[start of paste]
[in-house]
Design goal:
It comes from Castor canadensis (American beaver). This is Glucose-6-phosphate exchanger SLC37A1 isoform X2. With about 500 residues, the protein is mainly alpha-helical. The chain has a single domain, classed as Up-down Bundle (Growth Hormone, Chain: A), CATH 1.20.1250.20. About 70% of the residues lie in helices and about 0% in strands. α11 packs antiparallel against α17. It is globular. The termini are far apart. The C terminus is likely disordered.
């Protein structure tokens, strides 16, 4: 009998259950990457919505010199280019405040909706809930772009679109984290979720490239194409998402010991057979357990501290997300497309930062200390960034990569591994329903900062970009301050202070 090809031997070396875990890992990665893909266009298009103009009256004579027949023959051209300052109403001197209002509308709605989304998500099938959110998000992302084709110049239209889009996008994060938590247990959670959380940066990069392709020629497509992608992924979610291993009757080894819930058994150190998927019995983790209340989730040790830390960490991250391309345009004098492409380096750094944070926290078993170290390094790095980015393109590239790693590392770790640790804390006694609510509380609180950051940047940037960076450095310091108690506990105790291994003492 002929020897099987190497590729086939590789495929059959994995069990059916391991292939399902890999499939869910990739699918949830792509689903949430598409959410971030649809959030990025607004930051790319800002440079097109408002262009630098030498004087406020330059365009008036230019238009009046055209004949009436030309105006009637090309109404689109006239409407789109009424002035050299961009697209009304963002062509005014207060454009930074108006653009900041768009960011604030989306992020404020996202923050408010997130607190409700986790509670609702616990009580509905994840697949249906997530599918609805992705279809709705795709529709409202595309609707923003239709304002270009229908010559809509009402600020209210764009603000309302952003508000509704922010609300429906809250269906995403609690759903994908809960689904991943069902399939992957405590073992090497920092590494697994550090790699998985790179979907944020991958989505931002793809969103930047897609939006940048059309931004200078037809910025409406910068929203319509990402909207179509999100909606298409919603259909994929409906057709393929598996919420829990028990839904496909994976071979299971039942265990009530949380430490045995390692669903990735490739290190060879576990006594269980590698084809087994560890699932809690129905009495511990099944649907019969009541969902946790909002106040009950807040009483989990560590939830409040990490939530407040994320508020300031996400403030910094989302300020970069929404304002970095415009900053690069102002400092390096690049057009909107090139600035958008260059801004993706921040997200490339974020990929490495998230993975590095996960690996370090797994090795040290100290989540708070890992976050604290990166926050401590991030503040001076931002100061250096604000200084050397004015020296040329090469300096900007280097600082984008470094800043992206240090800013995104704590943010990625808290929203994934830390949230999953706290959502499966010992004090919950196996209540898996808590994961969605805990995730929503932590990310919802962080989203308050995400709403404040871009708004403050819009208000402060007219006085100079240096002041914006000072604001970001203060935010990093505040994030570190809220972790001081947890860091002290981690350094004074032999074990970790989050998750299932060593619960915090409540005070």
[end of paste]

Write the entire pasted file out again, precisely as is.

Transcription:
[in-house]
Design goal:
It comes from Castor canadensis (American beaver). This is Glucose-6-phosphate exchanger SLC37A1 isoform X2. With about 500 residues, the protein is mainly alpha-helical. The chain has a single domain, classed as Up-down Bundle (Growth Hormone, Chain: A), CATH 1.20.1250.20. About 70% of the residues lie in helices and about 0% in strands. α11 packs antiparallel against α17. It is globular. The termini are far apart. The C terminus is likely disordered.
């Protein structure tokens, strides 16, 4: 009998259950990457919505010199280019405040909706809930772009679109984290979720490239194409998402010991057979357990501290997300497309930062200390960034990569591994329903900062970009301050202070 090809031997070396875990890992990665893909266009298009103009009256004579027949023959051209300052109403001197209002509308709605989304998500099938959110998000992302084709110049239209889009996008994060938590247990959670959380940066990069392709020629497509992608992924979610291993009757080894819930058994150190998927019995983790209340989730040790830390960490991250391309345009004098492409380096750094944070926290078993170290390094790095980015393109590239790693590392770790640790804390006694609510509380609180950051940047940037960076450095310091108690506990105790291994003492 002929020897099987190497590729086939590789495929059959994995069990059916391991292939399902890999499939869910990739699918949830792509689903949430598409959410971030649809959030990025607004930051790319800002440079097109408002262009630098030498004087406020330059365009008036230019238009009046055209004949009436030309105006009637090309109404689109006239409407789109009424002035050299961009697209009304963002062509005014207060454009930074108006653009900041768009960011604030989306992020404020996202923050408010997130607190409700986790509670609702616990009580509905994840697949249906997530599918609805992705279809709705795709529709409202595309609707923003239709304002270009229908010559809509009402600020209210764009603000309302952003508000509704922010609300429906809250269906995403609690759903994908809960689904991943069902399939992957405590073992090497920092590494697994550090790699998985790179979907944020991958989505931002793809969103930047897609939006940048059309931004200078037809910025409406910068929203319509990402909207179509999100909606298409919603259909994929409906057709393929598996919420829990028990839904496909994976071979299971039942265990009530949380430490045995390692669903990735490739290190060879576990006594269980590698084809087994560890699932809690129905009495511990099944649907019969009541969902946790909002106040009950807040009483989990560590939830409040990490939530407040994320508020300031996400403030910094989302300020970069929404304002970095415009900053690069102002400092390096690049057009909107090139600035958008260059801004993706921040997200490339974020990929490495998230993975590095996960690996370090797994090795040290100290989540708070890992976050604290990166926050401590991030503040001076931002100061250096604000200084050397004015020296040329090469300096900007280097600082984008470094800043992206240090800013995104704590943010990625808290929203994934830390949230999953706290959502499966010992004090919950196996209540898996808590994961969605805990995730929503932590990310919802962080989203308050995400709403404040871009708004403050819009208000402060007219006085100079240096002041914006000072604001970001203060935010990093505040994030570190809220972790001081947890860091002290981690350094004074032999074990970790989050998750299932060593619960915090409540005070």